Our leaders do things their way

November/ December 2016

I was back in Kisumu after a year, discussing progress with Lillian, who oversees the baby bonding groups for us when we are not around.  Since the last visit, 6 months ago, she has taught a new group of women about baby bonding and found leaders there.  We talked about the increasing burden of visiting more and more groups.  I suggested a new leader to help her, a lively extrovert, who I knew could command a group.  But she had other ideas.  ‘What about R?’ she enquired, ‘She’s kind.’  In another area, one of our quietest leaders, H and her co-leader P had got together a large group of 50 or so women, many of whom were new to the teaching.  They needed another leader here, so I suggested appointing the woman we had all recognised as understanding our teaching and interacting beautifully with her baby. ‘No’, H said, ‘We’ll interview her and appoint her later.’    Our translator didn’t turn up one day, so we used a couple of our leaders who have a good command of English.  You could see confidence growing by the day.  Our leaders in Kenya are not educated people – most did not complete secondary school, but they are our equal partners in this work, and I’m so excited by the way this is their mission to teach baby bonding and they are doing it their way.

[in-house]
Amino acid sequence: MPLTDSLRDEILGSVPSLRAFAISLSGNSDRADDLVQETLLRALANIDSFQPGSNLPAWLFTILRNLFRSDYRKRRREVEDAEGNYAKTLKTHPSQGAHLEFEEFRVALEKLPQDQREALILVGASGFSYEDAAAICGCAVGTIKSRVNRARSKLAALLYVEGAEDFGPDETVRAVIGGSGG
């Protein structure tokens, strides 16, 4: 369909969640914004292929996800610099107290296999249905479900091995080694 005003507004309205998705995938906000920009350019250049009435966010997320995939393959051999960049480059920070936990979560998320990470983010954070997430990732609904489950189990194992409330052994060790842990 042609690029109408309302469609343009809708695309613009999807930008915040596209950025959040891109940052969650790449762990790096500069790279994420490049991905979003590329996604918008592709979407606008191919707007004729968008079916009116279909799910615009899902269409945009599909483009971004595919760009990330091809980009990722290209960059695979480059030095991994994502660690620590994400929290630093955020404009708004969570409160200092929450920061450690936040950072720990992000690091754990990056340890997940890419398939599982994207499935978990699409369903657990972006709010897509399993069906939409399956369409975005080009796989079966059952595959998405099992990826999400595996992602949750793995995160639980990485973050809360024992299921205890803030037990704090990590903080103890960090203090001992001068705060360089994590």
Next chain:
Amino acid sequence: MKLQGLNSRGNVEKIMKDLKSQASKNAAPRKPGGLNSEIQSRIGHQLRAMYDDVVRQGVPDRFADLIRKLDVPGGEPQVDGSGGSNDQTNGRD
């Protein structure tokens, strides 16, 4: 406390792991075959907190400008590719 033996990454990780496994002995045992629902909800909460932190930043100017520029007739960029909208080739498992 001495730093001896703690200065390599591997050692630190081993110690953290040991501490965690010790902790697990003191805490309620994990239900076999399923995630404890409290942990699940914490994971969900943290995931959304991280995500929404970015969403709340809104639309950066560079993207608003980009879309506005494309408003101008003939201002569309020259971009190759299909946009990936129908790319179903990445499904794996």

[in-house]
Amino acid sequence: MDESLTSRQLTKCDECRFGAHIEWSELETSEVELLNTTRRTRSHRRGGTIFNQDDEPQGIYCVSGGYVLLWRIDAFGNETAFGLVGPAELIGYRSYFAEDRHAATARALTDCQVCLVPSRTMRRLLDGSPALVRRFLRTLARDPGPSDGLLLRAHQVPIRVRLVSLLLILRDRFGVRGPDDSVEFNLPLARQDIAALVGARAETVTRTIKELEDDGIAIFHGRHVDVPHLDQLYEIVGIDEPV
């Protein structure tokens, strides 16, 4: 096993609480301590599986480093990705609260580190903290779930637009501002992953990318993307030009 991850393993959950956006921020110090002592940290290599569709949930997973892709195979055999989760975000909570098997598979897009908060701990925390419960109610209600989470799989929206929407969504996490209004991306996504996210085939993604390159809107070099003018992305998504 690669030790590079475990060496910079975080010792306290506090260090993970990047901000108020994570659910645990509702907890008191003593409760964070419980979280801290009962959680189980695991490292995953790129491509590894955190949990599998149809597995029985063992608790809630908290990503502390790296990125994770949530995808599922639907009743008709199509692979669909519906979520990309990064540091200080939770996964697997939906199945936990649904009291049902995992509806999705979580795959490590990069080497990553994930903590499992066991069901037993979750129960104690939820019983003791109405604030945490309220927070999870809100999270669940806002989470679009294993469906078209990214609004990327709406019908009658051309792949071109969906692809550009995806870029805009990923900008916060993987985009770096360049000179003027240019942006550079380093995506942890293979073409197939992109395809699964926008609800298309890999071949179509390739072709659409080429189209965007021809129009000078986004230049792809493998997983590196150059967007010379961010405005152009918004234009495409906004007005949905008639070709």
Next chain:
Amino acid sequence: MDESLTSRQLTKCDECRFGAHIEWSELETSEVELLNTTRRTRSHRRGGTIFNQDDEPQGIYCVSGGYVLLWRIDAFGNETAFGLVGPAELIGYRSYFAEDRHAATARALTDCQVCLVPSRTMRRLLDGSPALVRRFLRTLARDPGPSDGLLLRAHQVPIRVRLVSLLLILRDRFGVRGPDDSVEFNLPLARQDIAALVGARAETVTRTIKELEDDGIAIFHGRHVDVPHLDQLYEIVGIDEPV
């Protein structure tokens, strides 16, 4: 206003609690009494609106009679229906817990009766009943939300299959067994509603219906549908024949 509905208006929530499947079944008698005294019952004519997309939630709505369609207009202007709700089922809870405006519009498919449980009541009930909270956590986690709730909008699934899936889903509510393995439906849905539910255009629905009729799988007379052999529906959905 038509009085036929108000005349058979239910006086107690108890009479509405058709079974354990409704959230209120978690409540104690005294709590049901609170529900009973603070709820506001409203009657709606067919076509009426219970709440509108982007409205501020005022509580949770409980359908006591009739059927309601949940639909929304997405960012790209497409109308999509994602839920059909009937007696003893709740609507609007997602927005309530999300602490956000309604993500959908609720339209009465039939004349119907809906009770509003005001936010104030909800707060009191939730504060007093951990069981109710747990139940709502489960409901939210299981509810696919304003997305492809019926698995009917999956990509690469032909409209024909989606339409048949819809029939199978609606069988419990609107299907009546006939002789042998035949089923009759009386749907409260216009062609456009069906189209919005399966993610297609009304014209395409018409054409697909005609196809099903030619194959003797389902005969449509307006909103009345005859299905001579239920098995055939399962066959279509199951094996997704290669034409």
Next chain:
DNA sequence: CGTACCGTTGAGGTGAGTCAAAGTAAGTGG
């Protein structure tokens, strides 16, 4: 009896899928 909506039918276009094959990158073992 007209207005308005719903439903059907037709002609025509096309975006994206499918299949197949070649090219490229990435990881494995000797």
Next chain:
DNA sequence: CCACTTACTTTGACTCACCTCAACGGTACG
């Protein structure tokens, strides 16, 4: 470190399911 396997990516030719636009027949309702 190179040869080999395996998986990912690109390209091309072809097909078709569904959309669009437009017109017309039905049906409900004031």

We’ve now met three babies with different forms of disability.  There’s still a strong belief around here that disability is a curse, which is why most disabled babies are hidden from view.  But attitudes are beginning to change and these mothers are starting to be welcomed into the baby bonding groups.  Lillian has chosen to regularly visit the mother who lives near her and help massage the baby.  Now his legs are stronger, and he can move his fingers.

This visit we met a completely new group of women through a new contact, James.  He’d expected about 50 women.  100 turned up, and to his surprise, nearly all came back each day to hear all the teaching.  It was encouraging to see women of different backgrounds and also many who were HIV+.  [The prevalence of HIV around here is around 20%]  Helen was invited to talk at James’ church on the Sunday, and used the opportunity to talk to the men about loving their babies.  This is not what was expected, but very graciously received!

We discussed the issue of porridge for babies: people come to groups to hear about baby bonding with genuinely hungry babies, and expect to get something to keep them going.  Some of the group leaders are starting to provide porridge when they can.  We had always steered away from giving money for food, because we knew we couldn’t feed everyone with our limited resources, and were focussed on the teaching which we know is changing lives.  However, given that our leaders are more generous than us, we made a policy decision to give money to group leaders for porridge rather than give out photos ourselves.